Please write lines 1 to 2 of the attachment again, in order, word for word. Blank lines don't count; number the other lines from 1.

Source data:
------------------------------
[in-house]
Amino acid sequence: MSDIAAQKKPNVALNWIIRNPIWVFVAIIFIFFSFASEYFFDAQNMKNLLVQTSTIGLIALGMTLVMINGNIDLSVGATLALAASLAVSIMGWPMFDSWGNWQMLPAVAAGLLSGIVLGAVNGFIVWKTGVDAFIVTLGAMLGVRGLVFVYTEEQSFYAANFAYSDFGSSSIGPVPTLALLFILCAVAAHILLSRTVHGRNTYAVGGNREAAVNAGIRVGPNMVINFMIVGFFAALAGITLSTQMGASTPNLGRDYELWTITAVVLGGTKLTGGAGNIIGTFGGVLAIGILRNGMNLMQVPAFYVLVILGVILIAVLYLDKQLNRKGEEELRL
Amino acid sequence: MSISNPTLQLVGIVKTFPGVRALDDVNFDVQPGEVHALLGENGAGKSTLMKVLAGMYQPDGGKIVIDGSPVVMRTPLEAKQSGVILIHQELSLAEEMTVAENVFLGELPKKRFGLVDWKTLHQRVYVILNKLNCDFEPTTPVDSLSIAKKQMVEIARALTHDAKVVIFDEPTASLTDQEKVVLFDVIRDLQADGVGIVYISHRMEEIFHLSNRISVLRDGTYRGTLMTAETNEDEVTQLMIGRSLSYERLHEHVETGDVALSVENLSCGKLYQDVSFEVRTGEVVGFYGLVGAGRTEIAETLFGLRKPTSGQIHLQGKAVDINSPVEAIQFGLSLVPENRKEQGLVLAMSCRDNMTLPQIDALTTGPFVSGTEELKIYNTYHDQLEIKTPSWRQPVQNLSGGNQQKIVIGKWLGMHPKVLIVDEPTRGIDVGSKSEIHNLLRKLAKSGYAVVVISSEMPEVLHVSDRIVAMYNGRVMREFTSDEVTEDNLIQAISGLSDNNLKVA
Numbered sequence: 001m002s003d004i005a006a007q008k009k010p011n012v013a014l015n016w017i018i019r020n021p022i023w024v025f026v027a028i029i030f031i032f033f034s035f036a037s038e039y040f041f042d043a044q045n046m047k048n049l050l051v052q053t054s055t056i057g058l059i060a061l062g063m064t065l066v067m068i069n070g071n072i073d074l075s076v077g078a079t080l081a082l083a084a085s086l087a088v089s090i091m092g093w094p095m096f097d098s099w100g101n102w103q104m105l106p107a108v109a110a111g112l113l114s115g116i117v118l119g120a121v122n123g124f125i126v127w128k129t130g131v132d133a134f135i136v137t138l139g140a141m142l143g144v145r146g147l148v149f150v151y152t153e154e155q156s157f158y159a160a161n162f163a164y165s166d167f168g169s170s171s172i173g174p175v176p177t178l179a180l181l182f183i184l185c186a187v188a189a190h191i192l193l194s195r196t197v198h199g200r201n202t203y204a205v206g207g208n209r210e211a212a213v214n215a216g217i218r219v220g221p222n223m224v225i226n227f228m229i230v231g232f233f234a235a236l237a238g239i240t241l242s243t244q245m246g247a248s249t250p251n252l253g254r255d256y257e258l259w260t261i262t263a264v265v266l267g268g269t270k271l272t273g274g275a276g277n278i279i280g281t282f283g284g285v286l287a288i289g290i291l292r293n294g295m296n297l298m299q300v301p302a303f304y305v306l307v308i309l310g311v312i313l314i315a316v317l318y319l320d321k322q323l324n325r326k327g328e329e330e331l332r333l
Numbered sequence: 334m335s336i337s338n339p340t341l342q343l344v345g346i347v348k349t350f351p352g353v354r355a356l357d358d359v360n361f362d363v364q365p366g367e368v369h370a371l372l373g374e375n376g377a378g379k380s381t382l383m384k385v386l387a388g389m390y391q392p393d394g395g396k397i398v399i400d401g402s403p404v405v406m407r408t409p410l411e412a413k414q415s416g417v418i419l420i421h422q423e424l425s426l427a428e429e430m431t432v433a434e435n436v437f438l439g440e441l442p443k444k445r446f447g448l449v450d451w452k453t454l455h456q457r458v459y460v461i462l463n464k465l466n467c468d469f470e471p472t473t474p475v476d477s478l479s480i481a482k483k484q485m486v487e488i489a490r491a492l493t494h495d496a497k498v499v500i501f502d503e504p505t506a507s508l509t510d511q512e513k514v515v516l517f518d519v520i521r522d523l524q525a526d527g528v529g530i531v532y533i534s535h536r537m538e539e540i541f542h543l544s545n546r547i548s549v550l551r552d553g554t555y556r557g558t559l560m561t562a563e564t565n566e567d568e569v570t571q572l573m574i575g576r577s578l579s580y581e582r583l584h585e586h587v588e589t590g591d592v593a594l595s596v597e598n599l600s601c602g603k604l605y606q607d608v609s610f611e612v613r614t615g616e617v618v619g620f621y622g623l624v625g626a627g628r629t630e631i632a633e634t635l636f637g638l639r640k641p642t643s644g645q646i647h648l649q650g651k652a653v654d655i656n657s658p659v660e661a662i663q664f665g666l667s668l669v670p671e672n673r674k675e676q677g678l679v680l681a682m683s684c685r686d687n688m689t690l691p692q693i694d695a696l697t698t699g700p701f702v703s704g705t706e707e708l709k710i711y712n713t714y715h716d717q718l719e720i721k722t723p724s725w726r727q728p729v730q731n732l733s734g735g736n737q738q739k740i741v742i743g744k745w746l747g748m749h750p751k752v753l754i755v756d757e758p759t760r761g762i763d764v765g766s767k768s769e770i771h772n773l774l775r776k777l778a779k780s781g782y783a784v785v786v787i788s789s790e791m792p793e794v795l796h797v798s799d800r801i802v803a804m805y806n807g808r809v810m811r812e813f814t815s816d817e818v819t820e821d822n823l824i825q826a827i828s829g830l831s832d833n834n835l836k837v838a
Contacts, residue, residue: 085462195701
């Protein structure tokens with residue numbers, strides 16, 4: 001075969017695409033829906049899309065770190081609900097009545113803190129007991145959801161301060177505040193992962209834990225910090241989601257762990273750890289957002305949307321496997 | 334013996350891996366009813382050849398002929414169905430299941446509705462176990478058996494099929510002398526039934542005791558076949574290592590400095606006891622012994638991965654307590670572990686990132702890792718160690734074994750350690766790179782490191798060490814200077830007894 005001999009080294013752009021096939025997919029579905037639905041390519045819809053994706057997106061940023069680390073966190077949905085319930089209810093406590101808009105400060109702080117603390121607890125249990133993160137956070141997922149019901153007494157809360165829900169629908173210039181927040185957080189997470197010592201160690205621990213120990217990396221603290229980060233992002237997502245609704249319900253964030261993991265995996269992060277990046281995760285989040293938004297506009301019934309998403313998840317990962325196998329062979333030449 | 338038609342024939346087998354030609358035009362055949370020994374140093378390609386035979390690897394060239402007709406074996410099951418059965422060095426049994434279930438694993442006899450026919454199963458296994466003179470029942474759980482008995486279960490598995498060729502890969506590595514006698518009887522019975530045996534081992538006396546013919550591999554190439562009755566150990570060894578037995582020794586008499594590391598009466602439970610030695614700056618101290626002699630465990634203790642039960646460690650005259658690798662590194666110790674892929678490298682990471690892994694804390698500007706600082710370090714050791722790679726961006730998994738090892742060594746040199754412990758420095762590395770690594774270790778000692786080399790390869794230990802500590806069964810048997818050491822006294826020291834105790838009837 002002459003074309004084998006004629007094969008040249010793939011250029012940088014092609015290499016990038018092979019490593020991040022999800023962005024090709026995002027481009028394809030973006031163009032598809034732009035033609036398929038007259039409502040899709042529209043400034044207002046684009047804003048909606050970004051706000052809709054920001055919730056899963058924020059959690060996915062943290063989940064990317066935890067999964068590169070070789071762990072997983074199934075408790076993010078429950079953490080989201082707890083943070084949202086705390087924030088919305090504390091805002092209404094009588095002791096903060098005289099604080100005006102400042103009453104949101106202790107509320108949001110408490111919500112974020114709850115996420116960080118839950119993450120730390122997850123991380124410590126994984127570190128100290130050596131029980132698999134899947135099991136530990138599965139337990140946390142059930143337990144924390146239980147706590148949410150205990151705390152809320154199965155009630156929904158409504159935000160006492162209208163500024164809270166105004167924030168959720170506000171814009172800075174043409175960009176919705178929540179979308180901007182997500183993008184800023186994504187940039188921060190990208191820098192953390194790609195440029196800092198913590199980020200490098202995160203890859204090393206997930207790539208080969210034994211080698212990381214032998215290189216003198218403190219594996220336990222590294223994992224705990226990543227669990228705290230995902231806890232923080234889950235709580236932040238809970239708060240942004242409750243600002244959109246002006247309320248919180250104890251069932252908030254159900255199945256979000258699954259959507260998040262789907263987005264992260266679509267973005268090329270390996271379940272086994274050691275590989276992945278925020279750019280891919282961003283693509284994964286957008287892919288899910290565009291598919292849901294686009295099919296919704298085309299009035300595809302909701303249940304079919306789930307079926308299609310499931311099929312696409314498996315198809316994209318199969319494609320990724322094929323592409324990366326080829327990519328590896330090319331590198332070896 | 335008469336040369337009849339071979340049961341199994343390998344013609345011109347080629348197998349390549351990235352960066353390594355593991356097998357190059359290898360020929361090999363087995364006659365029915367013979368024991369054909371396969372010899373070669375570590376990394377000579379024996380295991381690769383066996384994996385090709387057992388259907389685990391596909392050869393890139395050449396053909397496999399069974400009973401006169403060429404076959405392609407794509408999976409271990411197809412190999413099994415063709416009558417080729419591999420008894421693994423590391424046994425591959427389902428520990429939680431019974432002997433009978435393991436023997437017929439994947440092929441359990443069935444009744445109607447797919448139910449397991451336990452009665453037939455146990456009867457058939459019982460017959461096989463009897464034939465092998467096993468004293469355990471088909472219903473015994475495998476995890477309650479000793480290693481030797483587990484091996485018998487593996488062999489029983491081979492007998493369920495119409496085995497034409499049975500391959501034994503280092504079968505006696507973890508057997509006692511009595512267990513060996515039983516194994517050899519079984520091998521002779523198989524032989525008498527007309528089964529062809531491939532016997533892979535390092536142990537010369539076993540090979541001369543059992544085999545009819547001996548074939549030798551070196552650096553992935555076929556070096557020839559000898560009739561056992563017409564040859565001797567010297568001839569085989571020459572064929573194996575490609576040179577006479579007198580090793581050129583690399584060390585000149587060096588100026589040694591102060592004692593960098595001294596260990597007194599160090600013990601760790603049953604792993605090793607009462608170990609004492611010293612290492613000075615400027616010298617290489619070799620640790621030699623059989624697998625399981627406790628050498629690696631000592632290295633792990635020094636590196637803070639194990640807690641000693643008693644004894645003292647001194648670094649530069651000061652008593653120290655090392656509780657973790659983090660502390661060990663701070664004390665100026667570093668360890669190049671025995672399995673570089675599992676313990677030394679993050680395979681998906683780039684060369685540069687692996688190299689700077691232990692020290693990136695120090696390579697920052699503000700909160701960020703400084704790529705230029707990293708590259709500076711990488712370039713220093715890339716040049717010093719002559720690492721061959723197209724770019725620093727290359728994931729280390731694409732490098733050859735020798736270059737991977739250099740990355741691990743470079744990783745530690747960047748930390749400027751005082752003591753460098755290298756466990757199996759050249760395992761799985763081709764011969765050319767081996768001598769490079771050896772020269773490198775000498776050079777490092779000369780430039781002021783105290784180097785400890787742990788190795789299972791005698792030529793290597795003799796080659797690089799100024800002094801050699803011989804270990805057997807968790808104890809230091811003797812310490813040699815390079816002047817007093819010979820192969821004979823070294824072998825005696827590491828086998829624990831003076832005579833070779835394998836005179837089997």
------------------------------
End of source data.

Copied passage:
[in-house]
Amino acid sequence: MSDIAAQKKPNVALNWIIRNPIWVFVAIIFIFFSFASEYFFDAQNMKNLLVQTSTIGLIALGMTLVMINGNIDLSVGATLALAASLAVSIMGWPMFDSWGNWQMLPAVAAGLLSGIVLGAVNGFIVWKTGVDAFIVTLGAMLGVRGLVFVYTEEQSFYAANFAYSDFGSSSIGPVPTLALLFILCAVAAHILLSRTVHGRNTYAVGGNREAAVNAGIRVGPNMVINFMIVGFFAALAGITLSTQMGASTPNLGRDYELWTITAVVLGGTKLTGGAGNIIGTFGGVLAIGILRNGMNLMQVPAFYVLVILGVILIAVLYLDKQLNRKGEEELRL